Atropine as an adjunct treatment

There is interesting evidence that atropine, when combined with orthokeratology, may have compounding effects that improve efficacy compared to either of the two treatments used as monotherapy. Chen et al. recently conducted a retrospective study that showed that the addition of 0.01% atropine used nightly with Ortho-K treatment slowed axial growth considerably to 0.14 ± 0.14 mm over a year, compared to 0.46 ± 0.16 mm in the year prior of Ortho-K treatment alone.4 This isn't conclusive data as axial growth ordinarily slows with time anyway, but shows early promise.

Two further studies are investigating combining atropine 0.01% with orthokeratology and centre distance multifocals - only baseline data is currently available (click the links for more) but tolerance to the dual therapy seems good in both studies.

When and how to stop atropine treatment

A 'rebound' of accelerated myopia progression after cessation of treatment was indicated in the ATOM2 study.5 This study investigated 0.01%, 0.1% and 0.5% concentrations, and found that children on the 0.01% did have a rebound effect over a year of cessation, but less so than for the stronger concentrations. There is limited evidence on rebound for 0.025% and 0.05% however it can be extrapolated that this would be a potential consequence of stopping treatment. The WHO recommendations as described above suggest treatment for two years and then a 'taper' when using and then ceasing atropine drops. There are currently no studies nor guidelines on how to taper, but consider reducing the schedule as you might for steroid treatment.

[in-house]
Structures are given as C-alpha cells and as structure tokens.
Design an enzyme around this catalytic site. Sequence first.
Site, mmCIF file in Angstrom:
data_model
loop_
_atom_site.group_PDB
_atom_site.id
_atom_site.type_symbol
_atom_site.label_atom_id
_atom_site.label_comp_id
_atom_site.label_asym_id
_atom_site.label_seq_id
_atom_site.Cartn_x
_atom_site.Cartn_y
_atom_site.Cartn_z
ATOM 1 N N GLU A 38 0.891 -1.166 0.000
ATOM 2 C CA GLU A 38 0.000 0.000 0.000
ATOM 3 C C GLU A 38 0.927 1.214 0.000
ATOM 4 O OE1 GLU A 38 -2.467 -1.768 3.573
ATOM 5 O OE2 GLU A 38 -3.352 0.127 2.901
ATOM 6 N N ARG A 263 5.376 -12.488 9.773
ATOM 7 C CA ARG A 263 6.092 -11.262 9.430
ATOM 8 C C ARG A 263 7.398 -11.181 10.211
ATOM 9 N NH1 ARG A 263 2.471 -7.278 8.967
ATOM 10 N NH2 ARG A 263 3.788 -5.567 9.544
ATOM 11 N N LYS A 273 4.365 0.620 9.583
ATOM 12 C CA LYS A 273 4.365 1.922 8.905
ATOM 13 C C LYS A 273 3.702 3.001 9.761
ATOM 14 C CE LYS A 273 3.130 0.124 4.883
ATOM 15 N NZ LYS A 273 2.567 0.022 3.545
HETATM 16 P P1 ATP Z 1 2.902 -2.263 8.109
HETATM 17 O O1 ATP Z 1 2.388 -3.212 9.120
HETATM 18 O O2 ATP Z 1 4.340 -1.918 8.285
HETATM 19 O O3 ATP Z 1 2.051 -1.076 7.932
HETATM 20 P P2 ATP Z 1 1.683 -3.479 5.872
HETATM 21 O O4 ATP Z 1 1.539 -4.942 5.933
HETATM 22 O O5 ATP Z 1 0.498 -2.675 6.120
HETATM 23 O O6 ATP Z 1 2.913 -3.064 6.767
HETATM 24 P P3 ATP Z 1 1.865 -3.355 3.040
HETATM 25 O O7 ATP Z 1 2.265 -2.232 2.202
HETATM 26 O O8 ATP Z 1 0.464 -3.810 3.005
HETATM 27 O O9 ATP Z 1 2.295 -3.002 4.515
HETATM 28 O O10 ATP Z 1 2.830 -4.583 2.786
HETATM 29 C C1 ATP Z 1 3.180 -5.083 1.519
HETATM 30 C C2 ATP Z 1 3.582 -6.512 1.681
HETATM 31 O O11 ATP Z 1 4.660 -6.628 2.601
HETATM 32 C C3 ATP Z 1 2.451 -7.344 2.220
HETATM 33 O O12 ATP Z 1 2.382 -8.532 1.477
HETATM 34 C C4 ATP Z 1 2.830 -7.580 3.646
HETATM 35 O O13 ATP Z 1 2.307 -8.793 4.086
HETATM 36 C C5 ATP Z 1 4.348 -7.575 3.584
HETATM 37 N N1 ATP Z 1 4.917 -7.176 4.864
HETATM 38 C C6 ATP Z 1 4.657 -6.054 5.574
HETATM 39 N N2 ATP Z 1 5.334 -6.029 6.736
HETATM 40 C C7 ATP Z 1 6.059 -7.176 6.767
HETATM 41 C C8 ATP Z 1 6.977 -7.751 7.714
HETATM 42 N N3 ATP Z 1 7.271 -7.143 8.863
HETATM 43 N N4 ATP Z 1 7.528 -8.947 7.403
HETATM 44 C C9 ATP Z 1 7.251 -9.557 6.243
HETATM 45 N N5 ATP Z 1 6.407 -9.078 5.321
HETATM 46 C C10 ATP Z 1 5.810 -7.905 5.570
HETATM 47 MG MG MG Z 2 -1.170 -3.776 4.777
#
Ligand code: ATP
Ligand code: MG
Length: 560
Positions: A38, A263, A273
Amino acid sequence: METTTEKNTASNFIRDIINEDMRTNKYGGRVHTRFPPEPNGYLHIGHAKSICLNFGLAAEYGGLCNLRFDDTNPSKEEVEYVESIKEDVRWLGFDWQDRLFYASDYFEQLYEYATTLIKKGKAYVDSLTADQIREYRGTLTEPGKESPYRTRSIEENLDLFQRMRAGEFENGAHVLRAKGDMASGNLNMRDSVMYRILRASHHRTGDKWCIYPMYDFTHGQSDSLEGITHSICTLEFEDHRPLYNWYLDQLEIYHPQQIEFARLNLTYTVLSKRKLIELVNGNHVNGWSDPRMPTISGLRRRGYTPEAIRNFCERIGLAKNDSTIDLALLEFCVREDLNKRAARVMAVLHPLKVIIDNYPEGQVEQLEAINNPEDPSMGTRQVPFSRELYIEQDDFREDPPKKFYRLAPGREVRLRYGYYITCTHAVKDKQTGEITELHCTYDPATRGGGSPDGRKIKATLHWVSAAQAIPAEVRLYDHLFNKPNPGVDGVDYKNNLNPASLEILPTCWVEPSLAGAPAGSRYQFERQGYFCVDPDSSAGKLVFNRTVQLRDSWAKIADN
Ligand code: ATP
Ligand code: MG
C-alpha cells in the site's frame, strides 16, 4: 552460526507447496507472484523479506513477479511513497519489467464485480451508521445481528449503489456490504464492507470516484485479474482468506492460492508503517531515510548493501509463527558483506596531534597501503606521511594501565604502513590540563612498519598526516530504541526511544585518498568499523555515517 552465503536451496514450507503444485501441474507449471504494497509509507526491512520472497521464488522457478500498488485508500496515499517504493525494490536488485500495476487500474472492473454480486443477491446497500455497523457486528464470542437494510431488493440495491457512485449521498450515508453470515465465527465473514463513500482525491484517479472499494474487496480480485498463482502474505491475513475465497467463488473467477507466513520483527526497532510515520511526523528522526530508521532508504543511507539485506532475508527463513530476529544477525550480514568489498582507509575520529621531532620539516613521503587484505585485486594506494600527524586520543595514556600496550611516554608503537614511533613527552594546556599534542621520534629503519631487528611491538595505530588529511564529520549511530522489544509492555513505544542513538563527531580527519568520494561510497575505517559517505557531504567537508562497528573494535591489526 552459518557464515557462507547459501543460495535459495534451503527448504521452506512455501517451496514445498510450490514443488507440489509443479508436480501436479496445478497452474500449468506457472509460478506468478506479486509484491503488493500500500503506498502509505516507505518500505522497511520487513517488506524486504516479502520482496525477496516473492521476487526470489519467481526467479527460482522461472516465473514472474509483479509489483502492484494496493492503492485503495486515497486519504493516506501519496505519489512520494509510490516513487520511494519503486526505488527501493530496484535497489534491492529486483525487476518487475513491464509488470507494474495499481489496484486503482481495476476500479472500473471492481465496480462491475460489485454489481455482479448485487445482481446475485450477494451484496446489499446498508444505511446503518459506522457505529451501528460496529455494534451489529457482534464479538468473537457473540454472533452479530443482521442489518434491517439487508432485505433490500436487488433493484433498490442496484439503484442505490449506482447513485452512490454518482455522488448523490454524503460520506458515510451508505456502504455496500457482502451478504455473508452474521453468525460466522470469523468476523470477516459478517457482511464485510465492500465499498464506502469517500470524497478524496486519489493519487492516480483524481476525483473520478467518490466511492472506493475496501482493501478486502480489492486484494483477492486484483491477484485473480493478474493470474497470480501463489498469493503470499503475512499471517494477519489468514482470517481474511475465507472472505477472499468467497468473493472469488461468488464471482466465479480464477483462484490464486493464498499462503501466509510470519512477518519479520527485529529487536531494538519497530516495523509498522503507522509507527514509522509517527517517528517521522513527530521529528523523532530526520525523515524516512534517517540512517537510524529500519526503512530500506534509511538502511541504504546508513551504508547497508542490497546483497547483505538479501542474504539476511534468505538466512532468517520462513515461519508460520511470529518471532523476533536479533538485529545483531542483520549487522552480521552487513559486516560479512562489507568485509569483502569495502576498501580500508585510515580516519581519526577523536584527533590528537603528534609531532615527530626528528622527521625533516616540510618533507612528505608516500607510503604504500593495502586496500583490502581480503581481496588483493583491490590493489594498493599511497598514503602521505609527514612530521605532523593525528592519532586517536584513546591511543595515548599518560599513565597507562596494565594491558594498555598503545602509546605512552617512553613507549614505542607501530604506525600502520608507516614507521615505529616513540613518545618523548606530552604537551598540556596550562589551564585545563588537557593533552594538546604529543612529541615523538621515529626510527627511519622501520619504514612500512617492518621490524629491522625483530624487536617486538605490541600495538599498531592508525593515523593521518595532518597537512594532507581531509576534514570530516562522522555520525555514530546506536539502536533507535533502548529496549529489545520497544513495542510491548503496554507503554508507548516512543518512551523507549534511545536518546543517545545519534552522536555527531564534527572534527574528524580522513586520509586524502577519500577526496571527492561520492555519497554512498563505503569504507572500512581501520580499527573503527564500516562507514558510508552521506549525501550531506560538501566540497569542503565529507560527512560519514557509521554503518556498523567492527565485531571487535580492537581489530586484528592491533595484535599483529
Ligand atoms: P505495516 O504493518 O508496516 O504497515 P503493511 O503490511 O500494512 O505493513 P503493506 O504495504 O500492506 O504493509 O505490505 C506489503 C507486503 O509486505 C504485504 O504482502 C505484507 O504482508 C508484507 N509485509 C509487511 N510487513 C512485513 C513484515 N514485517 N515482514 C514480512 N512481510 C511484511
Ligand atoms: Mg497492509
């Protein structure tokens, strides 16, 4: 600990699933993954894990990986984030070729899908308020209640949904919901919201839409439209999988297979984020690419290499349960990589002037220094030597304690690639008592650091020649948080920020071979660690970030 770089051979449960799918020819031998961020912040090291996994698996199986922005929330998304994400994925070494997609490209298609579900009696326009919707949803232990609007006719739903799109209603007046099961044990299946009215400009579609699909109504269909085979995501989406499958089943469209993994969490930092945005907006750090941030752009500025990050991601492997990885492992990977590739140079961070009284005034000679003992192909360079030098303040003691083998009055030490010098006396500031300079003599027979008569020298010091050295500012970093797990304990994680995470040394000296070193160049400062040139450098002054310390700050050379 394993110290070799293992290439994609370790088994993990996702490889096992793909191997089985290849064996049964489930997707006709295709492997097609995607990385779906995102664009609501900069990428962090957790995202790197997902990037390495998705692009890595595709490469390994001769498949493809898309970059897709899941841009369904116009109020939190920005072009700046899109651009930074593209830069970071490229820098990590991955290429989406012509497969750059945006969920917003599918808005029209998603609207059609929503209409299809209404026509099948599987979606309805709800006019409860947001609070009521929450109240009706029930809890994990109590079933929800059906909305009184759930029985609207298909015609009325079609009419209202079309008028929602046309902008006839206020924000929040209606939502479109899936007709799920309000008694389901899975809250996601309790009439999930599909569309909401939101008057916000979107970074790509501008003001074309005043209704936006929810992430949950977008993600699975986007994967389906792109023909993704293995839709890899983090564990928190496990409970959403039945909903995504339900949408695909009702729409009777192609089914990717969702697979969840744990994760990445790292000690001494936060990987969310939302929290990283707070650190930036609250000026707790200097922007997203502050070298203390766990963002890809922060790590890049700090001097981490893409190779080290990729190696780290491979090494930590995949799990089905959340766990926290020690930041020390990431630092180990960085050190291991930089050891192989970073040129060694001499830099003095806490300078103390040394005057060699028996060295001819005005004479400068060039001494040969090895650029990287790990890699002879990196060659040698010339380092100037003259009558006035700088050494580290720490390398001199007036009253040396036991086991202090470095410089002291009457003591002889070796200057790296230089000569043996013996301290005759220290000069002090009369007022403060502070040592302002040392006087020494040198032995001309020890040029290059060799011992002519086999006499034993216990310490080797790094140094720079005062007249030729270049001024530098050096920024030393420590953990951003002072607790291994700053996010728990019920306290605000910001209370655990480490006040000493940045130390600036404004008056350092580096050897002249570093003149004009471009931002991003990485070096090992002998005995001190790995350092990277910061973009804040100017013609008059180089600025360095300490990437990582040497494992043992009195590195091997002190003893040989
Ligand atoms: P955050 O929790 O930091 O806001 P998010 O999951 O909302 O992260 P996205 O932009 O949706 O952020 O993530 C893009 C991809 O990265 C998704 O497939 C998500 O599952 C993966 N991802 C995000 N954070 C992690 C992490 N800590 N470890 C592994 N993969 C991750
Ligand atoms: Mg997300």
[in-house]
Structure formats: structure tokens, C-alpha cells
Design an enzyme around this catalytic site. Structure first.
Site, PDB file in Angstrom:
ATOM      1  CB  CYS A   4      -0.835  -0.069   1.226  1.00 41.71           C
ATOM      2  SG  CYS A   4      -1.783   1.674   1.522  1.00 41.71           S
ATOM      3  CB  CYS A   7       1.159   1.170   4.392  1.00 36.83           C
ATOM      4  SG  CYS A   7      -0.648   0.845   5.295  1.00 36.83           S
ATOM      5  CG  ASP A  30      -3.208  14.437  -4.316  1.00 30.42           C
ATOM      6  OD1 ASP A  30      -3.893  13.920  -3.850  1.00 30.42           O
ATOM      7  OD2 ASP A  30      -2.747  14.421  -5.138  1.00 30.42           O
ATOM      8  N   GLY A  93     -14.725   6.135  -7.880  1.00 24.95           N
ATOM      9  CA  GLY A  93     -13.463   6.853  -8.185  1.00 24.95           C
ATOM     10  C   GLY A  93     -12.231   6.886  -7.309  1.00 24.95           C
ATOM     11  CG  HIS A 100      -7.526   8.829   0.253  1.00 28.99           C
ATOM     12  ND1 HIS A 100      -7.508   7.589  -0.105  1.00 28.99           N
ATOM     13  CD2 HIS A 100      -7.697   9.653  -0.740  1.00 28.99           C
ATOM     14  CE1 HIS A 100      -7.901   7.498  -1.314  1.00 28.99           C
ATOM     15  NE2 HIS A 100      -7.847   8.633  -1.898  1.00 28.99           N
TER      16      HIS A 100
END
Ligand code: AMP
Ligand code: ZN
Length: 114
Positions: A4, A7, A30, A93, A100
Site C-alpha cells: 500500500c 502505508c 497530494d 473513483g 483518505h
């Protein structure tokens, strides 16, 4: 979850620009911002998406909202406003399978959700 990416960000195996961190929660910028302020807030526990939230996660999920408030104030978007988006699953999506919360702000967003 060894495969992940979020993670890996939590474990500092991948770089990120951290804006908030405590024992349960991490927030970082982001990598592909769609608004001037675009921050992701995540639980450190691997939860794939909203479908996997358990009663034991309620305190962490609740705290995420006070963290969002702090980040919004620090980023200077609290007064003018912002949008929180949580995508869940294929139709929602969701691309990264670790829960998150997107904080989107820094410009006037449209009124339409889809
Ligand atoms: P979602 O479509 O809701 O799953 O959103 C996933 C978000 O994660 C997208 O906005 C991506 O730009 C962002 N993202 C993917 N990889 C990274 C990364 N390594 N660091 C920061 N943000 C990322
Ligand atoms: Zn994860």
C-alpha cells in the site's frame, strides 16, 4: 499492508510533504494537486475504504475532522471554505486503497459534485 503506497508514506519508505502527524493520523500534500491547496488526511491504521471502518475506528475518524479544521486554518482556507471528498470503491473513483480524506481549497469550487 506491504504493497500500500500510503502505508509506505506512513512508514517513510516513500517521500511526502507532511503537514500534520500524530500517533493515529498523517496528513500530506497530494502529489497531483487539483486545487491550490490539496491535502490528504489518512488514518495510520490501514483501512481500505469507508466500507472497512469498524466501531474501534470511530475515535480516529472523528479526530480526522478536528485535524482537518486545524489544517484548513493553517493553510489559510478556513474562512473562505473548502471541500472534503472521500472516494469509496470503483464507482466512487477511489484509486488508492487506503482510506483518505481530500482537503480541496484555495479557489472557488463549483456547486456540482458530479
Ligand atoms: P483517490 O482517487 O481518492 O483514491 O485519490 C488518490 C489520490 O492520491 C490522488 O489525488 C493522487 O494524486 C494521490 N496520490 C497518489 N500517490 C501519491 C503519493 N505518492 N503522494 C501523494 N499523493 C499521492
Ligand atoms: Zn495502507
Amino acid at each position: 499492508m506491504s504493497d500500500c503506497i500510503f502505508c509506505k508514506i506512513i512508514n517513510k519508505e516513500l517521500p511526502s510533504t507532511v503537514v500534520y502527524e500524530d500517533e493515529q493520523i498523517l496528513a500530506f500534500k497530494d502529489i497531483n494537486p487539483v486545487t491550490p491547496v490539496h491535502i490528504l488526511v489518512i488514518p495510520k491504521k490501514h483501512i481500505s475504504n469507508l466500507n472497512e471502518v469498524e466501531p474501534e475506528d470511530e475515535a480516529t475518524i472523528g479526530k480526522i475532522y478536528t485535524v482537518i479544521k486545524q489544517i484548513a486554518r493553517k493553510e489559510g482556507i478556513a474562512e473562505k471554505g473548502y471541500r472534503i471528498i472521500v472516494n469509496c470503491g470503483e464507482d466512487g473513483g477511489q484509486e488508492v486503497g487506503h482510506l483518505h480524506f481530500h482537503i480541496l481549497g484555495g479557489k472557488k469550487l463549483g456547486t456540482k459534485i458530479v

An example of a tapering schedule might be:

  • Every other day for 2-3 months, then
  • Once a week for 2-3 months.
  • You may even consider additionally reducing concentration (eg. from 0.025% to 0.01%) for 2-3 months, maintaining the same dosage frequency and then reducing, if you feel a longer taper may be required.

The data indicates we should be more concerned about rebounds in children who are younger, previously faster progressors, or those on stronger concentrations. Depending on your level of concern, you would monitor for rebound progression every 3-6 months.